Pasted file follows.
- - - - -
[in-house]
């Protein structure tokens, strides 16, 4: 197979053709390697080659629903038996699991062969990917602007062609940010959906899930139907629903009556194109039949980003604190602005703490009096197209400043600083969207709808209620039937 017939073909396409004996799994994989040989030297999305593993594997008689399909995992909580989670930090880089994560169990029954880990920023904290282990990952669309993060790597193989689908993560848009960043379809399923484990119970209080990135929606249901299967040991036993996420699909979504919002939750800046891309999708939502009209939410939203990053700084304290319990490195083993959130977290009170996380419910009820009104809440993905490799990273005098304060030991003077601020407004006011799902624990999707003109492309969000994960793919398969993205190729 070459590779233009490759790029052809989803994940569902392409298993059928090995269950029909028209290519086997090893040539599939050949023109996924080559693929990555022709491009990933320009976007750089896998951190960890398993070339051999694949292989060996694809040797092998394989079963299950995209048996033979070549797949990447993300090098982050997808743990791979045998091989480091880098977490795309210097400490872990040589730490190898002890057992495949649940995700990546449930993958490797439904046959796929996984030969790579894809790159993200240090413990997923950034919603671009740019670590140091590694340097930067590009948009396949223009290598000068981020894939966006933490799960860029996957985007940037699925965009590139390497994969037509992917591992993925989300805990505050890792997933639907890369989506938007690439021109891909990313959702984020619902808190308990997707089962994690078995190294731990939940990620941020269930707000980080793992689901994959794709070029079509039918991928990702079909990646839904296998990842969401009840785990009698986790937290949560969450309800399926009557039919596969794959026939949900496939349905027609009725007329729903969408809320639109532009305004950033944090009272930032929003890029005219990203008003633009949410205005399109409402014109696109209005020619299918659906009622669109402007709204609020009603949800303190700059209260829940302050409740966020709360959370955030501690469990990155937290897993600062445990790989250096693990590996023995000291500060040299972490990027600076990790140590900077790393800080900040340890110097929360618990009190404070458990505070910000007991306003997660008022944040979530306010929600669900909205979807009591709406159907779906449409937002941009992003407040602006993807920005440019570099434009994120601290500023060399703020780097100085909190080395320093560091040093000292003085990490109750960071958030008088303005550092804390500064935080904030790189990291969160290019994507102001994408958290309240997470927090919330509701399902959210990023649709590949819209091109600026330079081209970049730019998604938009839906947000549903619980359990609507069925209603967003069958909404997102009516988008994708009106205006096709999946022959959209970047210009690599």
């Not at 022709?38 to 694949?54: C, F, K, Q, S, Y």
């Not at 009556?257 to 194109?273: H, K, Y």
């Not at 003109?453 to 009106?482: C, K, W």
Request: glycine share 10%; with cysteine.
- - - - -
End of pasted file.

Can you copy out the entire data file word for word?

[in-house]
């Protein structure tokens, strides 16, 4: 197979053709390697080659629903038996699991062969990917602007062609940010959906899930139907629903009556194109039949980003604190602005703490009096197209400043600083969207709808209620039937 017939073909396409004996799994994989040989030297999305593993594997008689399909995992909580989670930090880089994560169990029954880990920023904290282990990952669309993060790597193989689908993560848009960043379809399923484990119970209080990135929606249901299967040991036993996420699909979504919002939750800046891309999708939502009209939410939203990053700084304290319990490195083993959130977290009170996380419910009820009104809440993905490799990273005098304060030991003077601020407004006011799902624990999707003109492309969000994960793919398969993205190729 070459590779233009490759790029052809989803994940569902392409298993059928090995269950029909028209290519086997090893040539599939050949023109996924080559693929990555022709491009990933320009976007750089896998951190960890398993070339051999694949292989060996694809040797092998394989079963299950995209048996033979070549797949990447993300090098982050997808743990791979045998091989480091880098977490795309210097400490872990040589730490190898002890057992495949649940995700990546449930993958490797439904046959796929996984030969790579894809790159993200240090413990997923950034919603671009740019670590140091590694340097930067590009948009396949223009290598000068981020894939966006933490799960860029996957985007940037699925965009590139390497994969037509992917591992993925989300805990505050890792997933639907890369989506938007690439021109891909990313959702984020619902808190308990997707089962994690078995190294731990939940990620941020269930707000980080793992689901994959794709070029079509039918991928990702079909990646839904296998990842969401009840785990009698986790937290949560969450309800399926009557039919596969794959026939949900496939349905027609009725007329729903969408809320639109532009305004950033944090009272930032929003890029005219990203008003633009949410205005399109409402014109696109209005020619299918659906009622669109402007709204609020009603949800303190700059209260829940302050409740966020709360959370955030501690469990990155937290897993600062445990790989250096693990590996023995000291500060040299972490990027600076990790140590900077790393800080900040340890110097929360618990009190404070458990505070910000007991306003997660008022944040979530306010929600669900909205979807009591709406159907779906449409937002941009992003407040602006993807920005440019570099434009994120601290500023060399703020780097100085909190080395320093560091040093000292003085990490109750960071958030008088303005550092804390500064935080904030790189990291969160290019994507102001994408958290309240997470927090919330509701399902959210990023649709590949819209091109600026330079081209970049730019998604938009839906947000549903619980359990609507069925209603967003069958909404997102009516988008994708009106205006096709999946022959959209970047210009690599």
């Not at 022709?38 to 694949?54: C, F, K, Q, S, Y």
């Not at 009556?257 to 194109?273: H, K, Y």
């Not at 003109?453 to 009106?482: C, K, W």
Request: glycine share 10%; with cysteine.